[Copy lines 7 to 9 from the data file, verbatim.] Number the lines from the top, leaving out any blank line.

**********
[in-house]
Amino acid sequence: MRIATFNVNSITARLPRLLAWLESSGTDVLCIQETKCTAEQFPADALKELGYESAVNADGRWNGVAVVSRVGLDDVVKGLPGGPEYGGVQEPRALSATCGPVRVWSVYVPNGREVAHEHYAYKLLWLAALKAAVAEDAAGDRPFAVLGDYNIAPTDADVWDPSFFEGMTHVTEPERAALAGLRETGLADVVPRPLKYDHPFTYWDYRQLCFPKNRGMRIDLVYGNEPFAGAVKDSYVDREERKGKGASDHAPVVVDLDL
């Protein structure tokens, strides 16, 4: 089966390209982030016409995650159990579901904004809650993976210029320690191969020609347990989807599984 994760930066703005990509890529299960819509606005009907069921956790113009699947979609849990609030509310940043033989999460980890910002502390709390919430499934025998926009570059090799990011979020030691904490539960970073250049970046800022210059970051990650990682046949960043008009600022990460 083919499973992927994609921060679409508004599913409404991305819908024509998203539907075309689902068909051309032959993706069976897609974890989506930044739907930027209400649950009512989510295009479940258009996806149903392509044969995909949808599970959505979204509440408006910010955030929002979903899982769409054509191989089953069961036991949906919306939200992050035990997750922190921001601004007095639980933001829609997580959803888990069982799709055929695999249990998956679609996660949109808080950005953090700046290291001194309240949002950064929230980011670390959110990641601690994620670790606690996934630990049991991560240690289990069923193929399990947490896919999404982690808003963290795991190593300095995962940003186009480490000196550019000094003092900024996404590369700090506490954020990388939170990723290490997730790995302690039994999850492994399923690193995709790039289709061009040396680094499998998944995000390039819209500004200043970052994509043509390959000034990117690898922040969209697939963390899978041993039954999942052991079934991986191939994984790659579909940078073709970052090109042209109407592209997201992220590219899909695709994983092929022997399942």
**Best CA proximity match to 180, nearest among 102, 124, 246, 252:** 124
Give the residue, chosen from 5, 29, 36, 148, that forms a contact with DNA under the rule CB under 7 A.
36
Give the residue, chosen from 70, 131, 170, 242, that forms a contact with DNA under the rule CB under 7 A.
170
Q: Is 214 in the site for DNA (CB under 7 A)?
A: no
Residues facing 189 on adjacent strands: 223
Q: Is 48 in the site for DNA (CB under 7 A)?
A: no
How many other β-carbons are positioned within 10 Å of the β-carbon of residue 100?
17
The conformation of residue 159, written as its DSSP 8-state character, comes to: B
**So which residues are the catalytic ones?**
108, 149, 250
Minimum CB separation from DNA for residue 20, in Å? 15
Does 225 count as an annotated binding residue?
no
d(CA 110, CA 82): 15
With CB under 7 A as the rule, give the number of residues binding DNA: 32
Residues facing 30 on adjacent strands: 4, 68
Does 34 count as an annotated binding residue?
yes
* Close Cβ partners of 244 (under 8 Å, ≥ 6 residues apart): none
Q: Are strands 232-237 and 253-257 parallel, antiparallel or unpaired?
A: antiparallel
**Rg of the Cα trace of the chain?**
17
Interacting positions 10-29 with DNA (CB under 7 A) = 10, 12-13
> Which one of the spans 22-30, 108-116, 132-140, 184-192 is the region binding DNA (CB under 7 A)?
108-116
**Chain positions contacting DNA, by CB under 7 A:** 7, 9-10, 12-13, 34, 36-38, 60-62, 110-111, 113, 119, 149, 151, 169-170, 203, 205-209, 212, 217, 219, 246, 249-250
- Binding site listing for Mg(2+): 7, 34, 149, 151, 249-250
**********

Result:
Give the residue, chosen from 70, 131, 170, 242, that forms a contact with DNA under the rule CB under 7 A.
170
Q: Is 214 in the site for DNA (CB under 7 A)?